By Jaime Weinman - Wednesday, April 17, 2013 - 0 Comments
Marc Maron is a pioneer of an inward-looking style embraced by the likes of Louis C.K.
Marc Maron is a stand-up comedian about to get his own TV show. That’s normal. What’s not is that he was never famous enough to get a TV show until he started doing a podcast, WTF?, where he’s less known for jokes than for his serious, confessional monologues about his life and career. “Marc’s a comic who struggled for many years, without really making it,” says Sivert Glarum, writer and executive producer of the 49-year-old stand-up’s new semi-autobiographical comedy Maron, premiering on IFC on May 3. “When he started the podcast, he was at the end of his rope, career-wise and emotionally.” And the experience redefined him as what one newspaper called a “stand-up tragedian.”
Comedy podcasting has taken off in the last few years as a cheap, easy way for comedians to introduce themselves to a wider public. But few people have used it to change their image as spectacularly as Maron, who does WTF? out of his garage and has interviewed almost 400 people since the show began in 2009. Not only does he talk seriously about his frustrations, but his most famous interviews are the dark ones, like the one with Kids in the Hall’s Dave Foley, who told Maron that thanks to a Canadian divorce court, “I’m literally obligated to give away 400 per cent of my income, or otherwise go to jail.” Todd Van Allen, a comic who hosts the podcast Comedy Above the Pub, says that Maron is famed for “brutal honesty and the fearless broadcasting of his inner-most feelings.”
That’s a type of broadcasting you don’t normally associate with comedians, but Maron is at the forefront of a more inward-looking type of comedy. Other successful podcasts, like Comedy Above the Pub or Comedy Bang Bang (which was adapted into an IFC series last year), primarily try to be fun, with sketches and impersonations. But Ed Crasnick, host of the podcast The Self-Help Comedy Hour and the guest on a 2010 episode of WTF?, says Maron “probably wants the guest to be more real than funny.” Glarum adds that in the TV show, the podcast is portrayed as a way “for Marc to seek opinions from people on the problems going on in his life,” just as he does on the real podcast.
By Jessica Allen - Wednesday, February 27, 2013 at 10:33 AM - 0 Comments
Michael Friscolanti talks about his investigation into the collapse of the Elliot Lake mall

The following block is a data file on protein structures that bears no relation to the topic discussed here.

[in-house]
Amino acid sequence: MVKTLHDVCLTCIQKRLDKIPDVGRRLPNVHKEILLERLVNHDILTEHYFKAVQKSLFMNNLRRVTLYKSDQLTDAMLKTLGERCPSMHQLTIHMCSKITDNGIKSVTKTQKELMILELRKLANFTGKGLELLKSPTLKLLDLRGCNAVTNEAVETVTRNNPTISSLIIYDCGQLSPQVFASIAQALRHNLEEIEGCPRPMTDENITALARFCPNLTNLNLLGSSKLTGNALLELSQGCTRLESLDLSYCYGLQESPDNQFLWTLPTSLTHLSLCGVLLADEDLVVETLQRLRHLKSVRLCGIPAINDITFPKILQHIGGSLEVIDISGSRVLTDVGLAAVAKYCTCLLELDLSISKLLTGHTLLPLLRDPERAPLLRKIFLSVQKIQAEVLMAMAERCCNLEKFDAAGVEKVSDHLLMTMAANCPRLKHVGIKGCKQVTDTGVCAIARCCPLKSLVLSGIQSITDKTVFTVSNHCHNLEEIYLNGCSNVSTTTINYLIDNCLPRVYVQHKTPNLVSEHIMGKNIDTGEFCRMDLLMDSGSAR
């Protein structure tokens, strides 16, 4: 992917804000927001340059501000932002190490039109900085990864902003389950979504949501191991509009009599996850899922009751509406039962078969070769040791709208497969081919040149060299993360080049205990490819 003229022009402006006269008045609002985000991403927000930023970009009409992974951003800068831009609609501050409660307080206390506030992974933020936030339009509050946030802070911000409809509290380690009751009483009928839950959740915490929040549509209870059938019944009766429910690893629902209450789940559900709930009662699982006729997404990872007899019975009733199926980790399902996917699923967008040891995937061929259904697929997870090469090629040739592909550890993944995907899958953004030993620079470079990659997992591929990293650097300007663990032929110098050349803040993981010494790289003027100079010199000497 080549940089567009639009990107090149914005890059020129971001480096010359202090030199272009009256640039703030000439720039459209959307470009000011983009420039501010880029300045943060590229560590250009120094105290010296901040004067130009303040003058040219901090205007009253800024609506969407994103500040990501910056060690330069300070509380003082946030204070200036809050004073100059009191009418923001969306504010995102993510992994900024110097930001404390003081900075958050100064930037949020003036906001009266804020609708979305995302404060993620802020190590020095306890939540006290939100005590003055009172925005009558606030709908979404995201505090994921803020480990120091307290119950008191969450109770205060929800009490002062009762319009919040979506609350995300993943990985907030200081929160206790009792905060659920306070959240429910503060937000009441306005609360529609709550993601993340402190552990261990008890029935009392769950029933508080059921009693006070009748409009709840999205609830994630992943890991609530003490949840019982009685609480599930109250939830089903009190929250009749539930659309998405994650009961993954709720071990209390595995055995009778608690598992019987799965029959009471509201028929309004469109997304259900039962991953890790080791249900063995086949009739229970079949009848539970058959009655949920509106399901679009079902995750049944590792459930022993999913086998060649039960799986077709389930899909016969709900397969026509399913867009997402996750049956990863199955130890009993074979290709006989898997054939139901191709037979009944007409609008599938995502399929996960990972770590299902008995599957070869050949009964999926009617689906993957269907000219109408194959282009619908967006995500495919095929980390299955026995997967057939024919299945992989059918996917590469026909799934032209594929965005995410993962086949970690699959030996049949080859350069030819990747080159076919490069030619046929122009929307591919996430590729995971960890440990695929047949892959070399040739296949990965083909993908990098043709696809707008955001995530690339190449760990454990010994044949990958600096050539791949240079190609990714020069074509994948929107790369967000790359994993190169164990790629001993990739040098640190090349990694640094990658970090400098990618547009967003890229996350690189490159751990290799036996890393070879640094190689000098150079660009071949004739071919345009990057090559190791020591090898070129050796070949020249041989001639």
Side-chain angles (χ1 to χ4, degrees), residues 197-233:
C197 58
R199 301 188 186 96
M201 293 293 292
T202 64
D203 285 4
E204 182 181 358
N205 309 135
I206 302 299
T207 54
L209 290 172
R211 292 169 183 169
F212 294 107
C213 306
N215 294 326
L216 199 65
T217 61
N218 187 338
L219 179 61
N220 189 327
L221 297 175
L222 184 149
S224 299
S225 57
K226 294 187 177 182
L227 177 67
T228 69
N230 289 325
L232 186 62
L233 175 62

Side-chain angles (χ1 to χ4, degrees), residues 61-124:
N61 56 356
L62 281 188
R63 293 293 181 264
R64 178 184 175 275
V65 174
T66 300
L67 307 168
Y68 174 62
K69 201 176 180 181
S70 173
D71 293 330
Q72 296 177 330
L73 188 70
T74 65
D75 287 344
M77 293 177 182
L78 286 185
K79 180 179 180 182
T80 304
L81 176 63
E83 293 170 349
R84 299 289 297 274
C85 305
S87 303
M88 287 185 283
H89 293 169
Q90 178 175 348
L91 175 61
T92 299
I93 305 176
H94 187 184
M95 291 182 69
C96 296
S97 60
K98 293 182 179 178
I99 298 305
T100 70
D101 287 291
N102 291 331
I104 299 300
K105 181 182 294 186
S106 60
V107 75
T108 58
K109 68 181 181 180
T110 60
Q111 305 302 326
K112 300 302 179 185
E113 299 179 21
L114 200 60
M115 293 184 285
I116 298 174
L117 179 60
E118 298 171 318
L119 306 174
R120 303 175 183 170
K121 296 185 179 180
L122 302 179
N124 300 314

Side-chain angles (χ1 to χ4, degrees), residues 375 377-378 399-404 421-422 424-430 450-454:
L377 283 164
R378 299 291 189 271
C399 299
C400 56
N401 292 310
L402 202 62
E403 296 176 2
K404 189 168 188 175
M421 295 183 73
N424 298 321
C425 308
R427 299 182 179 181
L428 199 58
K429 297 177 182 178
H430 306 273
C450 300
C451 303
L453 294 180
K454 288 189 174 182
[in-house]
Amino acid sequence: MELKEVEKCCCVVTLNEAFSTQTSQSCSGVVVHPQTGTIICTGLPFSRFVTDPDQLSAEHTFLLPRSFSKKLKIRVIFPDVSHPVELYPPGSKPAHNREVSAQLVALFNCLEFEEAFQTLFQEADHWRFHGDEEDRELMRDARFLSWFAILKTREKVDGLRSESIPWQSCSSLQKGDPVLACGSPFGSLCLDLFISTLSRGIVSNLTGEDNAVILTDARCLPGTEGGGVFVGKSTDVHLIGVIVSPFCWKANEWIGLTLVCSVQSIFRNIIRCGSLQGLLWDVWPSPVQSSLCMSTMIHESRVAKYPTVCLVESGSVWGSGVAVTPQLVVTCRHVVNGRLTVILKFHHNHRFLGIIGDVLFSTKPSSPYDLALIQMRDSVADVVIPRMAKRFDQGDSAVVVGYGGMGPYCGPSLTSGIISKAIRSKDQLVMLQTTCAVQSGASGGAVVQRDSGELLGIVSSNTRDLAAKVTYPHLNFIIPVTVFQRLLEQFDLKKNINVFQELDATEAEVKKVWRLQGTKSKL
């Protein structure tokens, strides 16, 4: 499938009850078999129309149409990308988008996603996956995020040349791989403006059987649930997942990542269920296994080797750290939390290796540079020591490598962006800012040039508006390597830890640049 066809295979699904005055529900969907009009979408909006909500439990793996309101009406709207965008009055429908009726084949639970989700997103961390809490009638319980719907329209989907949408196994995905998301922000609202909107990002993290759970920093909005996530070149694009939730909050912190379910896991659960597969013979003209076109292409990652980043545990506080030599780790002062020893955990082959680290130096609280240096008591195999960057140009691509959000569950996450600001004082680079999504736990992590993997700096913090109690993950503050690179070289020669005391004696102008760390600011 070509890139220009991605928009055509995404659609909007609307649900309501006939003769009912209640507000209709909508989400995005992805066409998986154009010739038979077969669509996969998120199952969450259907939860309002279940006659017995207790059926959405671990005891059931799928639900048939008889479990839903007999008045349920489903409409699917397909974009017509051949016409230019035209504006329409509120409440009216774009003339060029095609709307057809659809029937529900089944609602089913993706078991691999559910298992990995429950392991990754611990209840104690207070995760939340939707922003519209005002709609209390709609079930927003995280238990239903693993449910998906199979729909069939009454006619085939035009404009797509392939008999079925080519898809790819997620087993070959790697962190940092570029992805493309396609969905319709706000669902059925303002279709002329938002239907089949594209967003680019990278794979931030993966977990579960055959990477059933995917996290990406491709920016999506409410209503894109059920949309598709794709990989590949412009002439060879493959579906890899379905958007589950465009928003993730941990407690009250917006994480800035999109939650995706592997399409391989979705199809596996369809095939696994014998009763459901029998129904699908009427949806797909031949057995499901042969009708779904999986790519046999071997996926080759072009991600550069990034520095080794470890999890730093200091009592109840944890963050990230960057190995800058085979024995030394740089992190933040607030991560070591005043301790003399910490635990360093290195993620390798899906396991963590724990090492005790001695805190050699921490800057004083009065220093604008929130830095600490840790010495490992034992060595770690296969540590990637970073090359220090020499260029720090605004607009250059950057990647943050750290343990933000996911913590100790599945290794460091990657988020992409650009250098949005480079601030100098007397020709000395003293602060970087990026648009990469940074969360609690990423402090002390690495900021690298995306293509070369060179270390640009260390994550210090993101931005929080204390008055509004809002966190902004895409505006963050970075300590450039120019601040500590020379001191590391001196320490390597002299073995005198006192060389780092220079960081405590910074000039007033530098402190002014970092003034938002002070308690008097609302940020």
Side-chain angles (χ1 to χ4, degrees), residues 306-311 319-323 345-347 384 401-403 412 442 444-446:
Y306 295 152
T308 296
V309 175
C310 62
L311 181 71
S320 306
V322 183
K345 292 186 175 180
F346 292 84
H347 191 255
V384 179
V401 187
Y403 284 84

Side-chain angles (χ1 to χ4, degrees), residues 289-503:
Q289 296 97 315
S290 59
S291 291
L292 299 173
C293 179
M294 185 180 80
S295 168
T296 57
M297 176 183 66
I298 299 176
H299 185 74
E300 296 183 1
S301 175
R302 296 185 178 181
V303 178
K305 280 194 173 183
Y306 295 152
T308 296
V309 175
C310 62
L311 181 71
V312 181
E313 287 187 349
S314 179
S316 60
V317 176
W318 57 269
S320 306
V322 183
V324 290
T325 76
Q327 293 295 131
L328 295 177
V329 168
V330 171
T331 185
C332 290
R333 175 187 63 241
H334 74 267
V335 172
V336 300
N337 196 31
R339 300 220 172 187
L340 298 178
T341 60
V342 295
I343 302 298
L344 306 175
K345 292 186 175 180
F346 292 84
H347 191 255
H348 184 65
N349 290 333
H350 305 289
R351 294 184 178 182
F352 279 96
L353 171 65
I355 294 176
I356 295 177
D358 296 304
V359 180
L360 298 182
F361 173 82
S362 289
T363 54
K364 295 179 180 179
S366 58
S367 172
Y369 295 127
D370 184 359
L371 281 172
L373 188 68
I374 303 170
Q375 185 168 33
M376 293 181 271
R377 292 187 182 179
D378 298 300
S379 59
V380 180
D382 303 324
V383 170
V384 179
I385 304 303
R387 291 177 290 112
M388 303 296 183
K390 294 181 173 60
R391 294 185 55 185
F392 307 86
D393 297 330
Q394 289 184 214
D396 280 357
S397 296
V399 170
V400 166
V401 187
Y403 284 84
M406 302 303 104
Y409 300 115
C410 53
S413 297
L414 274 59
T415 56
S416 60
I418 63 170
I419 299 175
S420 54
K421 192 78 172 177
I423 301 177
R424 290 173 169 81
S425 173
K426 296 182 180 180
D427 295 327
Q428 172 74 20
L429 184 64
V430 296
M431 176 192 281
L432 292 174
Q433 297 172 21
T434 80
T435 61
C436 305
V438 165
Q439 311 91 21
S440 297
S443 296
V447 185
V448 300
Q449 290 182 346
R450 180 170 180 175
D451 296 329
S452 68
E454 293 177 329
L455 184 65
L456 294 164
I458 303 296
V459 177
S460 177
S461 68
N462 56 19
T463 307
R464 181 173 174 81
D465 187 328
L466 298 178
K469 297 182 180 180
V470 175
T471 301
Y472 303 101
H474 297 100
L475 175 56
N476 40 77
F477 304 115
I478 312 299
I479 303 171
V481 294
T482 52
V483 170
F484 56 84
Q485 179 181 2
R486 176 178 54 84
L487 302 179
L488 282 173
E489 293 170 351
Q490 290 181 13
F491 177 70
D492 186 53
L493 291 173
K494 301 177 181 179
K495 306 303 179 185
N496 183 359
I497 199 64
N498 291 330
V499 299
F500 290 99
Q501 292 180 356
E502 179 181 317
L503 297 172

Drawing from court documents, property records, inspection reports and dozens of interviews with the people who lived it, Doomed: The Untold Story Behind the Collapse of the Elliot Lake Mall, tells the shocking backstory of a mall that was cursed before it even existed, a star-crossed structure plagued by dreadful timing, dubious decisions and a collective case of wilful blindness.
By Peter Shawn Taylor - Thursday, July 21, 2011 at 11:05 AM - 3 Comments
Catch up on everything you wish you’d learned in school, a half-hour at a time
You’ve grasped the intricacies of quantum mechanics, toured the great museums of Europe, understood the significance of the Peloponnesian War and come to terms with why evil exists. So what’s next? Perhaps wine appreciation, the mysteries of brain science or Hitler’s rise to power.
Welcome to The Great Courses, a company that’s been selling erudite audio and video lectures delivered by top-notch professors to well-heeled and inquisitive American customers for over 20 years. Now it’s planning a big Canadian presence too. Minds: prepared to be expanded.
The course selection at The Great Courses reads like an educational playground for the intellectually curious. It’s as broad and detailed as any university course calendar, although much more convenient. Courses typically consist of 12 to 36 half-hour lectures on CD, DVD or audio file. Packed with undergraduate-level information, each lecture is short enough to enjoy while commuting, after dinner, or while killing time during your kid’s dance lesson.